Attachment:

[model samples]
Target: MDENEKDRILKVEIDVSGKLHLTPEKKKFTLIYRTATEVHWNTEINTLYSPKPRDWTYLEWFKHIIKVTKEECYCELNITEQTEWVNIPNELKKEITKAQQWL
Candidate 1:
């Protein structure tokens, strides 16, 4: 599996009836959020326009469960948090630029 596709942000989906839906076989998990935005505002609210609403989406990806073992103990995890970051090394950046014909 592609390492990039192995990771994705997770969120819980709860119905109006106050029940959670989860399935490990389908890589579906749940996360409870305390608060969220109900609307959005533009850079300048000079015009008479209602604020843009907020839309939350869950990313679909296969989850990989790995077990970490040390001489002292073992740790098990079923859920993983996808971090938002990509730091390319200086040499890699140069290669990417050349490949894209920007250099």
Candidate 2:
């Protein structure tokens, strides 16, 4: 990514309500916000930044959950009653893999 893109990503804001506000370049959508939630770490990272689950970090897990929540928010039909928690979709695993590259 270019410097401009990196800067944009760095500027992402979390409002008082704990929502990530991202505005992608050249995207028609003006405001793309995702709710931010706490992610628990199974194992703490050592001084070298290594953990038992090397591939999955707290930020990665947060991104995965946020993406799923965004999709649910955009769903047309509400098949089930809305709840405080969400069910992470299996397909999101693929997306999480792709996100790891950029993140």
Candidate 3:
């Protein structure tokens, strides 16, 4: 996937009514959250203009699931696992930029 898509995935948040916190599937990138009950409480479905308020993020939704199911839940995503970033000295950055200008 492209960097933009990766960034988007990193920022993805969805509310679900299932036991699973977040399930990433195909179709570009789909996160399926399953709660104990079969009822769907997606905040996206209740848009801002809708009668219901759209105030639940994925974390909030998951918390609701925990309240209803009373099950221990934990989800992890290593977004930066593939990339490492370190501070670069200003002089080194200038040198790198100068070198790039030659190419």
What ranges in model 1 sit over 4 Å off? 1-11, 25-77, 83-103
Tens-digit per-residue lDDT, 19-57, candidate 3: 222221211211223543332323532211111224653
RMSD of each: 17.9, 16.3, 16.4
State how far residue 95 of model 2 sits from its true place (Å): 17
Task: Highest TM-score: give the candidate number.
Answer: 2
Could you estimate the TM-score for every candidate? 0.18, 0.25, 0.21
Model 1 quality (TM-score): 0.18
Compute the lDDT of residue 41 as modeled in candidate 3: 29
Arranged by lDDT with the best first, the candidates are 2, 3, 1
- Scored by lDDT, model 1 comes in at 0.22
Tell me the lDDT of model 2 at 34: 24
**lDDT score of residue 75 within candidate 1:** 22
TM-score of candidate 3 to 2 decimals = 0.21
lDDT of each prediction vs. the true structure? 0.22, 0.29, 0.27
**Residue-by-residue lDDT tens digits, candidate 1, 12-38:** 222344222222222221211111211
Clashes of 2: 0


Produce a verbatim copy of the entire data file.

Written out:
[model samples]
Target: MDENEKDRILKVEIDVSGKLHLTPEKKKFTLIYRTATEVHWNTEINTLYSPKPRDWTYLEWFKHIIKVTKEECYCELNITEQTEWVNIPNELKKEITKAQQWL
Candidate 1:
């Protein structure tokens, strides 16, 4: 599996009836959020326009469960948090630029 596709942000989906839906076989998990935005505002609210609403989406990806073992103990995890970051090394950046014909 592609390492990039192995990771994705997770969120819980709860119905109006106050029940959670989860399935490990389908890589579906749940996360409870305390608060969220109900609307959005533009850079300048000079015009008479209602604020843009907020839309939350869950990313679909296969989850990989790995077990970490040390001489002292073992740790098990079923859920993983996808971090938002990509730091390319200086040499890699140069290669990417050349490949894209920007250099």
Candidate 2:
């Protein structure tokens, strides 16, 4: 990514309500916000930044959950009653893999 893109990503804001506000370049959508939630770490990272689950970090897990929540928010039909928690979709695993590259 270019410097401009990196800067944009760095500027992402979390409002008082704990929502990530991202505005992608050249995207028609003006405001793309995702709710931010706490992610628990199974194992703490050592001084070298290594953990038992090397591939999955707290930020990665947060991104995965946020993406799923965004999709649910955009769903047309509400098949089930809305709840405080969400069910992470299996397909999101693929997306999480792709996100790891950029993140």
Candidate 3:
């Protein structure tokens, strides 16, 4: 996937009514959250203009699931696992930029 898509995935948040916190599937990138009950409480479905308020993020939704199911839940995503970033000295950055200008 492209960097933009990766960034988007990193920022993805969805509310679900299932036991699973977040399930990433195909179709570009789909996160399926399953709660104990079969009822769907997606905040996206209740848009801002809708009668219901759209105030639940994925974390909030998951918390609701925990309240209803009373099950221990934990989800992890290593977004930066593939990339490492370190501070670069200003002089080194200038040198790198100068070198790039030659190419």
What ranges in model 1 sit over 4 Å off? 1-11, 25-77, 83-103
Tens-digit per-residue lDDT, 19-57, candidate 3: 222221211211223543332323532211111224653
RMSD of each: 17.9, 16.3, 16.4
State how far residue 95 of model 2 sits from its true place (Å): 17
Task: Highest TM-score: give the candidate number.
Answer: 2
Could you estimate the TM-score for every candidate? 0.18, 0.25, 0.21
Model 1 quality (TM-score): 0.18
Compute the lDDT of residue 41 as modeled in candidate 3: 29
Arranged by lDDT with the best first, the candidates are 2, 3, 1
- Scored by lDDT, model 1 comes in at 0.22
Tell me the lDDT of model 2 at 34: 24
**lDDT score of residue 75 within candidate 1:** 22
TM-score of candidate 3 to 2 decimals = 0.21
lDDT of each prediction vs. the true structure? 0.22, 0.29, 0.27
**Residue-by-residue lDDT tens digits, candidate 1, 12-38:** 222344222222222221211111211
Clashes of 2: 0